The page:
- EnactedJuly 6th, 2015The President signed this bill into law
- The senate Passed June 11th, 2015Passed by Voice Vote
Committee on Homeland Security and Governmental Affairs
- senate Committees
- The house Passed February 3rd, 2015Roll Call Vote 379 Yea / 0 Nay
Emergency Preparedness, Response, and RecoveryCommittee on Homeland SecurityIntroducedJanuary 28th, 2015
- house Committees
What is House Bill H.R. 615?
This bill would require that all agencies under the Department of Homeland Security (DHS), within 120 days of the bill’s enactment, create a strategy to improve communication between DHS agencies.
This covers all "interoperable communications" — i.e. radio communications systems that facilitate the exchange voice, data, and video in real time. This communication can be for anything from reporting on acts of terrorism, daily operations, scheduling events, and of course, emergencies.
Progress would be monitored by mandatory reports to Congress after 220 days after enactment, and biannually thereafter.
The bill impacts Congress's ability to know if DHS agencies are Chatty Cathys or Nervous Nellies. Also, all federal employees in the DHS, and the Under Secretary of the DHS.
Cost of House Bill H.R. 615
The CBO cost estimate is unavailable. However, an estimate from the CBO of the bill's previous version (H.R. 4289) found that implementation would have no impact on the federal budget.
Sponsoring Rep. Donald Payne (D-NJ) has noted that the motivation behind this bill is a disgust with how funds were being used to improve "interoperable communications" with little to show for it:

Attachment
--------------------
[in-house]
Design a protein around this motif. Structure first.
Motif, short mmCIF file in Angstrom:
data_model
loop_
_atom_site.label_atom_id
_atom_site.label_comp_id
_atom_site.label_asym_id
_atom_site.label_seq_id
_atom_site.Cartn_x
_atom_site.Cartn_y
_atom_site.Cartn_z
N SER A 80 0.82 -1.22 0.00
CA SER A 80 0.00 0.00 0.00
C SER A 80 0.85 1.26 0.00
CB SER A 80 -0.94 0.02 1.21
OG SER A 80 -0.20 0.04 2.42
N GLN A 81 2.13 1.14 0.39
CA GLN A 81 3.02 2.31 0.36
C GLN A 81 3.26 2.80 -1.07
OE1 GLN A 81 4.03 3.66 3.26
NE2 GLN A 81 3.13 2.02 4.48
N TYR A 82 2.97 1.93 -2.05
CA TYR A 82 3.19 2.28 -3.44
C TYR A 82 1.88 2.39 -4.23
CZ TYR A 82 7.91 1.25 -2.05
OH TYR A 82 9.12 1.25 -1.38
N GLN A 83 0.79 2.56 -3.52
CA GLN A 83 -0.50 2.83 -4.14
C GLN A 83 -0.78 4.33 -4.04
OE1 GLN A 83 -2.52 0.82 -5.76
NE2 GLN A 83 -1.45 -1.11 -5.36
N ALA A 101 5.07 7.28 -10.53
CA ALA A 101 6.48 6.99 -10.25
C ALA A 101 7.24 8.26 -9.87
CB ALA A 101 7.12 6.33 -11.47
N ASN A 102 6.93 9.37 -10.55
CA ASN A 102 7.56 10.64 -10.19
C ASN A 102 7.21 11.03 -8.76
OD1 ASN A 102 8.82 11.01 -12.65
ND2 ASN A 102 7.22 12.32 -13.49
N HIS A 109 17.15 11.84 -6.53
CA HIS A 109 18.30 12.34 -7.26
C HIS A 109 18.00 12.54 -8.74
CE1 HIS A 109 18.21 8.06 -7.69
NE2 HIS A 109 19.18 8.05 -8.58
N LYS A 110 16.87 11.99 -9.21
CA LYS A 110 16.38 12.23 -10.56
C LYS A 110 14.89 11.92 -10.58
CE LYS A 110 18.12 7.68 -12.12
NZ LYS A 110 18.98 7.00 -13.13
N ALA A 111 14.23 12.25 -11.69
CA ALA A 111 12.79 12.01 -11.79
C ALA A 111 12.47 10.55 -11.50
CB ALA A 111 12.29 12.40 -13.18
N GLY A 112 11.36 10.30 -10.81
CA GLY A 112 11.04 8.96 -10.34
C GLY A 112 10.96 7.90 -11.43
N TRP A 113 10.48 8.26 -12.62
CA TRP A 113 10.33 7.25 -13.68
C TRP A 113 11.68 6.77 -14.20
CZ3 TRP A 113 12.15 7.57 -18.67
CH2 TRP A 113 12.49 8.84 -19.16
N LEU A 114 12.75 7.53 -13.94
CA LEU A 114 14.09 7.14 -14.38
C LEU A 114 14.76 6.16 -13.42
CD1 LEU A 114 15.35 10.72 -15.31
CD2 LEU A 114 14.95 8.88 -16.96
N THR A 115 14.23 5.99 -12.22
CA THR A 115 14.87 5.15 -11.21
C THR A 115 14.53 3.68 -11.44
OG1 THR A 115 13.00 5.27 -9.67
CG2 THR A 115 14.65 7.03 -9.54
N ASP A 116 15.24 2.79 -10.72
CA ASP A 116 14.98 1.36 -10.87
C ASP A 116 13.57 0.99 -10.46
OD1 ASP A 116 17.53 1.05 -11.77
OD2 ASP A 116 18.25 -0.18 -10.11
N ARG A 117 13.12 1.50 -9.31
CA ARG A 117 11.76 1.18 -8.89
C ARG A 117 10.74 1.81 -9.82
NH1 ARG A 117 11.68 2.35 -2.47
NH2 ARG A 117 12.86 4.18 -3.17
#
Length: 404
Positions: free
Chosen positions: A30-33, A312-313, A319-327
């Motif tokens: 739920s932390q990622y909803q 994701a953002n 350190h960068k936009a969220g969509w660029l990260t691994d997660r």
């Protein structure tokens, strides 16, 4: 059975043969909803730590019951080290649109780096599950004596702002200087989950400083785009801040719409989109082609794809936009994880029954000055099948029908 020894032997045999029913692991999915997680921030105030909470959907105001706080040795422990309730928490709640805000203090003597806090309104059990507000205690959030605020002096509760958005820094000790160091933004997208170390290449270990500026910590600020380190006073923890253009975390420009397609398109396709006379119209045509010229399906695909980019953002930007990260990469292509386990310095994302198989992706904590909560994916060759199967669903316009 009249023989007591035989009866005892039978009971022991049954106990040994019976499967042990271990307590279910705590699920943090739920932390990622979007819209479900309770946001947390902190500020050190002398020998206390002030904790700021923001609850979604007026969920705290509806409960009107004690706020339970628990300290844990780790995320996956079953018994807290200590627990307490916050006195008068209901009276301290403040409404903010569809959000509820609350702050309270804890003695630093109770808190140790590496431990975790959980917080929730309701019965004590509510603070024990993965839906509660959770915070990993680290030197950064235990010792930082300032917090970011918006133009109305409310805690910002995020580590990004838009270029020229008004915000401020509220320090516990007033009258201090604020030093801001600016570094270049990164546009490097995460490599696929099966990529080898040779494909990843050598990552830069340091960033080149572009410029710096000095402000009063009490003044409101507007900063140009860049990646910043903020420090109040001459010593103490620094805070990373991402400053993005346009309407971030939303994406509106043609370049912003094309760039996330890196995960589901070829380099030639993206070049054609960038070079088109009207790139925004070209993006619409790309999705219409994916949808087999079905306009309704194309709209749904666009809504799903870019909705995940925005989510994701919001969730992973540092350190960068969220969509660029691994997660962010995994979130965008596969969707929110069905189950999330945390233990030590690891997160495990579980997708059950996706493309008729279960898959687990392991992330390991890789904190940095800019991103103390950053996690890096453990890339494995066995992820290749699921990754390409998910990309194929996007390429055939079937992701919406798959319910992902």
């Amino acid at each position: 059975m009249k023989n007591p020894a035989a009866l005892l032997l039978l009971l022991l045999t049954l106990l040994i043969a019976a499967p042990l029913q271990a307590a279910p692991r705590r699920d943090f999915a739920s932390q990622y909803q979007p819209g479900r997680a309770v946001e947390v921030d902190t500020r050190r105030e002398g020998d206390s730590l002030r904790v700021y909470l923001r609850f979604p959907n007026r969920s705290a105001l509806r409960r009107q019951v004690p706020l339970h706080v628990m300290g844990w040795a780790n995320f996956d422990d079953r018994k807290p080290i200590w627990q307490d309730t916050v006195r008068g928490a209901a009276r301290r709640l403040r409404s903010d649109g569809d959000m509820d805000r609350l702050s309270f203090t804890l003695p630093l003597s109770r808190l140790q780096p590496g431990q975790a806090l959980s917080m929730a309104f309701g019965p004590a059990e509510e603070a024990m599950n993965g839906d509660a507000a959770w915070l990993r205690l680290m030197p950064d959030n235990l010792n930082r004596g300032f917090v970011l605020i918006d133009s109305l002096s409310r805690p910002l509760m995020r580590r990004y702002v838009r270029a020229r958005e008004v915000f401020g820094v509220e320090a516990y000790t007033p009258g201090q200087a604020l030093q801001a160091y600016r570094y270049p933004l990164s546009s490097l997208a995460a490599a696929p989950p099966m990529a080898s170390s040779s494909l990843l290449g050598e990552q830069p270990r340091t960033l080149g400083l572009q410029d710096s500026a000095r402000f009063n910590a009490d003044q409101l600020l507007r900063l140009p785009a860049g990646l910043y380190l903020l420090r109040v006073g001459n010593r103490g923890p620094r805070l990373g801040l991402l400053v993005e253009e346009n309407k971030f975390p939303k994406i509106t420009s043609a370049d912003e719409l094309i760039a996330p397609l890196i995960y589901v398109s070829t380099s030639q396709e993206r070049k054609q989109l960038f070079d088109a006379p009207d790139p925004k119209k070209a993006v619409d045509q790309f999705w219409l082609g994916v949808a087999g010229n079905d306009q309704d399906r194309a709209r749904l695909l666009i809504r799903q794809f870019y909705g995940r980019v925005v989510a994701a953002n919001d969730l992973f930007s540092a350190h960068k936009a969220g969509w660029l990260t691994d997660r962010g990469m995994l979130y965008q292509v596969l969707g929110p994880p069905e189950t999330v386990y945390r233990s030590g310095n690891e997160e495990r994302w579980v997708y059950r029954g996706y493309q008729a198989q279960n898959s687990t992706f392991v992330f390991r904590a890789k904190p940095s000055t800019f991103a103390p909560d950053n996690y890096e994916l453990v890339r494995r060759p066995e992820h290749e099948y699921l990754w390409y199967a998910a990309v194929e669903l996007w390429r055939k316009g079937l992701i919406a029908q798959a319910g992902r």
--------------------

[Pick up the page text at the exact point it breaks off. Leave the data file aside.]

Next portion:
"According to Payne’s office, 'Since September 11, 2001, the federal government has spent more than $13 billion on efforts to achieve interoperable communications. Further, according to a November 2012 Inspector General Report, DHS has invested over $430 million into communications capabilities for its 123,000 radio users since 2003, but department ‘personnel do not have reliable interoperable communications for daily operations, planned events, and emergencies.’ In a May 7, 2012 hearing before the committee, DHS Inspector General John Roth confirmed the failure by testifying that 479 DHS field radio users were asked to get on and use a specified channel to communicate, however, only 1 of those 479 radio users could get on the common channel.'"
Sponsoring Rep. Donald Payne (D-NJ) Press Release (Previous Bill Version)
CBO Cost Estimate (Previous Bill Version)
Department of Homeland Security Interoperable Communications
To amend the Homeland Security Act of 2002 to require the Under Secretary for Management of the Department of Homeland Security to take administrative action to achieve and maintain interoperable communications capabilities among the components of the Department of Homeland Security, and for other purposes.
If DHS hired employees who cannot communicate, then fire the employee plus the the HR personal who hired the employee. Only hire employees who speak English. Communication only can occur when both parties speak a common language. Bilingual is great when your at home or with family, but a common language is paramount. I'm sure the French or Germans have language proficiency standards. The story of the Tower of Babel would be a learning point.
When I first read this I thought it was referring to employees not performing. I then read the summary and was left wondering. Finally I read the "in depth" and now it sounds like an equipment issue. We have spent millions since 2001 and haven't fixed the problem. Whether it's poor employees, poor training or poor equipment it boils down to incompetence. Do we really need a bill to straighten this out? No wonder government is so messed up.